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NTSB Prelim: Piper PA-28-140

The Ground Visibility Was Low Due To Thick Fog At The Time Of The Accident

Location: Sisters, OR Accident Number: WPR22FA354
Date & Time: September 22, 2022, 14:39 Local Registration: N7063R
Aircraft: Piper PA-28-140 Injuries: 1 Fatal
Flight Conducted Under: Part 91: General aviation - Personal

On September 22, 2022, about 1439 Pacific daylight time, a Piper PA-28-140, N7063R, was destroyed when it was involved in an accident near Sisters, Oregon. The pilot was fatally injured. The airplane was operated as a Title 14 Code of Federal Regulations Part 91 personal flight.

The pilot used an online flight planning tool for his enroute and destination performance planning. Data retrieved from the online tool showed that the pilot had planned to depart a private strip in Llano, California about 0700 and then fly a succession of waypoints and fuel stops while enroute to his final destination of Curtis, Washington (0WA2). The data did not include any flight tracking information such as global position system coordinates. His planned route of flight comprised the following waypoints (in the reported order): Rosamond, California (L00), Sanger, California (9CA7) followed by a stopover in Jackson, California (JAQ). Fuel records from the JAQ airport showed that the pilot purchased 25 gallons of 100 low lead aviation grade gasoline at 0953. The pilot’s subsequent waypoints included Nevada County, California (GOO) followed by Sisters, Oregon (6K5) where the pilot purchased another 29 gallons of fuel at 1400. According to an airport surveillance video, the pilot departed 6K5 about 1410.

He had planned to fly through Scappoose, Oregon prior to landing at his final destination. A witness located about 0.50 nm north of the accident site heard the airplane during its final moments. The witness reported that between 1430 and 1445 she heard a small airplane that was flying close to her that caught her attention. She heard a “thud” sound approximately 30 seconds later at which point she began to look for the airplane. The witness stated that the engine sounded smooth and continuous prior to impact. Another witness, who was located about 1,000 ft from the accident site, stated that he heard the airplane impact the ground about 1439.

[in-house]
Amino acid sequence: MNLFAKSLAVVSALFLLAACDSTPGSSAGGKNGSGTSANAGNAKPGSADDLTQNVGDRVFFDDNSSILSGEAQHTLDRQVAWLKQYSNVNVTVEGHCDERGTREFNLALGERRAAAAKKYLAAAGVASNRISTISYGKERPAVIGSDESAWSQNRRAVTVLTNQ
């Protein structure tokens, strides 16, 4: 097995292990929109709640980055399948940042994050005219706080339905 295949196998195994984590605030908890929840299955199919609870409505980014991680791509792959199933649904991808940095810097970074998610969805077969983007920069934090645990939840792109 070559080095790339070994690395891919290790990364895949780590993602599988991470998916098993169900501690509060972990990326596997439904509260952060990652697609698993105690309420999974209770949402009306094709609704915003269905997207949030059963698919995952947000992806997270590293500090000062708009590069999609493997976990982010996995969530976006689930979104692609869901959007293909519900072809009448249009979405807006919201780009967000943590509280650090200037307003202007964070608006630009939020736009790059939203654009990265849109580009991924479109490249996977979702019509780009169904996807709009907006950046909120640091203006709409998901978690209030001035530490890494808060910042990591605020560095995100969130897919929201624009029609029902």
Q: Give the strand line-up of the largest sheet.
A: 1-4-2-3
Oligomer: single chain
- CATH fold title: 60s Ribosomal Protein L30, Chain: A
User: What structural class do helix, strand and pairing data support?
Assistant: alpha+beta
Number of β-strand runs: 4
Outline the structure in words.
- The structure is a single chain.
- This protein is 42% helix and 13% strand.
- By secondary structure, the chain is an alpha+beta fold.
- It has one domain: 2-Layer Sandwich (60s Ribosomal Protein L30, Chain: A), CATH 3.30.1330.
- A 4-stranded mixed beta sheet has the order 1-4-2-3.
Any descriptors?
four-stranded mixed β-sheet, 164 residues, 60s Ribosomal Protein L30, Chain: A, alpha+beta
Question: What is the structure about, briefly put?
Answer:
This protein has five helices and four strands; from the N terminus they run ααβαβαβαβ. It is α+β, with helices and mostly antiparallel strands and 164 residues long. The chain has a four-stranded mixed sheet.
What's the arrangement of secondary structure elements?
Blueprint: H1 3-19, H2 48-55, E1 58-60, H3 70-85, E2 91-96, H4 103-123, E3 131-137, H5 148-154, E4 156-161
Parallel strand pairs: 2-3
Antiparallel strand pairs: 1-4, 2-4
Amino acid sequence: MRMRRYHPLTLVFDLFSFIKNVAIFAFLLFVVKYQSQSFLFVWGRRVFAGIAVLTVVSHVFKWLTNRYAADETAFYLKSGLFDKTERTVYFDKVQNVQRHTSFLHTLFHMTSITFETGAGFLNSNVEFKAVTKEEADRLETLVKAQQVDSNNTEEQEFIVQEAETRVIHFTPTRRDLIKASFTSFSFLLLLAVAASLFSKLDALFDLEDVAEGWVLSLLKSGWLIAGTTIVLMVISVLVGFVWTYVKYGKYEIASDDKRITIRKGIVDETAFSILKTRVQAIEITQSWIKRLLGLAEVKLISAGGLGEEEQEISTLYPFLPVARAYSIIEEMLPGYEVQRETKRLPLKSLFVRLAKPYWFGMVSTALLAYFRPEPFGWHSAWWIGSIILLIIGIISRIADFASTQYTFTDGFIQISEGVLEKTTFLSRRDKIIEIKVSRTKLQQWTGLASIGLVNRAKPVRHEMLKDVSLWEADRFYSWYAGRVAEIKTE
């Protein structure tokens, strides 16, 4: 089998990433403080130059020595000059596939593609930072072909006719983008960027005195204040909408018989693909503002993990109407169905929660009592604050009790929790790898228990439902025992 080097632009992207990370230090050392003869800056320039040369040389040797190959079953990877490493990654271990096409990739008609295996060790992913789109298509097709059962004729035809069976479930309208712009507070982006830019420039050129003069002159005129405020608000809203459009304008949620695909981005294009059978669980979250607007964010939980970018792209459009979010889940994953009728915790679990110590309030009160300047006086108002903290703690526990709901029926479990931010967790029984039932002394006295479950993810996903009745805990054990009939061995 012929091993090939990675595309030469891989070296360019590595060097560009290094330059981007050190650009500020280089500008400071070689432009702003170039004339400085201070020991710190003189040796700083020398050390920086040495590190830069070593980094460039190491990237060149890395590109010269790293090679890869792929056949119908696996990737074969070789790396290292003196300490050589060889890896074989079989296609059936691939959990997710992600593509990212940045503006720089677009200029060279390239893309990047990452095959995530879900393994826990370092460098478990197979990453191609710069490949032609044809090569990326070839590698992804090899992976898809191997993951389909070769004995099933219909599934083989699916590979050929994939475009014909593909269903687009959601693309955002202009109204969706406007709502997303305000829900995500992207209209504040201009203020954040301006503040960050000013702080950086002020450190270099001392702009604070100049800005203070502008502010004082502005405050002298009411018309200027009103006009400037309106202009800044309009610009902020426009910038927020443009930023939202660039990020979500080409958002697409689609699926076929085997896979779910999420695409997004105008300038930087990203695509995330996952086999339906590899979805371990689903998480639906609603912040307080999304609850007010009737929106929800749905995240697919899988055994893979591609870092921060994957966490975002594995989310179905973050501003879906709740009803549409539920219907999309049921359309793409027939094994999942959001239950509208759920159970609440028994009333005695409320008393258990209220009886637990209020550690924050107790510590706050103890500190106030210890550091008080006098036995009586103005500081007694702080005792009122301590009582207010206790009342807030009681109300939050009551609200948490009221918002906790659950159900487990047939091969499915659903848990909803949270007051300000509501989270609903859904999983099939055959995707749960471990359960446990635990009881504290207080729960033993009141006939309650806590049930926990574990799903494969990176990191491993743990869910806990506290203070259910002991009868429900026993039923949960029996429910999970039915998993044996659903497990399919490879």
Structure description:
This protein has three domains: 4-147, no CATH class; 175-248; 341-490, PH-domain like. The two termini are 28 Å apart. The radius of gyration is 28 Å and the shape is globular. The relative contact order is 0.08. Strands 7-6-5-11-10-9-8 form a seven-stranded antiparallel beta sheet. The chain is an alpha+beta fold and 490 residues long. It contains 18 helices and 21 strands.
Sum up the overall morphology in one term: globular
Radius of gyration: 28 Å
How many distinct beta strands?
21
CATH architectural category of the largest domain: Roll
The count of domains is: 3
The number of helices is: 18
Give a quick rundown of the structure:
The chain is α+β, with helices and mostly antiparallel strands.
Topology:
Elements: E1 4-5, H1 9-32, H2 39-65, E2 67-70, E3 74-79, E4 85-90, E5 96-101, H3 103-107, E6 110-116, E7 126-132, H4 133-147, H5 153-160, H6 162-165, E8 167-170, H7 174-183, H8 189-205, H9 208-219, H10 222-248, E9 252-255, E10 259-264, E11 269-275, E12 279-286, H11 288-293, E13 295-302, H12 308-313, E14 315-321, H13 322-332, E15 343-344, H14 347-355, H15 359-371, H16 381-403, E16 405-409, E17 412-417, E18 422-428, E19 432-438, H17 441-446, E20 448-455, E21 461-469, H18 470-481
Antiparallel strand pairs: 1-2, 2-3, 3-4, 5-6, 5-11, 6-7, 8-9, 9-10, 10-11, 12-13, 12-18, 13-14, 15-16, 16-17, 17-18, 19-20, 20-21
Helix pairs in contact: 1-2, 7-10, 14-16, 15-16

According to both witnesses, the ground visibility was low due to thick fog at the time of the accident. The airplane came to rest on a 60° slope on the northeast side of South Cinder Peak in the Jefferson Wilderness at a field elevation of about 6,500 ft mean sea level. All four corners of the airplane were accounted for at the accident site. The first point of impact (FPI) was about 500 ft from the top of the peak and was marked by a large ground scar about 6 feet wide. The main wreckage was located down the hill about 20 ft northeast of the FPI and was comprised of both wings, the fuselage and empennage. The engine was collocated with the FPI.

The right and left ailerons were attached to their respective wings, which remained attached at the carry through spar. Both wing leading edge surfaces were crushed chordwise and the leading edge skin forward of the fuel tanks exhibited evidence of hydraulic deformation. The right and left wingtips had separated from their respective wings. The airplane fuselage and cabin were crushed beneath the wings and could not be identified due to their orientation at the accident site. The empennage was inverted, which exposed the anti-servo tab and both stabilators. The vertical stabilizer and rudder assembly were crushed, but remained partially attached to the empennage. Several airframe fragments were distributed along the slope of the peak, below the main wreckage.

The wreckage has been retained for further examination.

FMI: www.ntsb.gov


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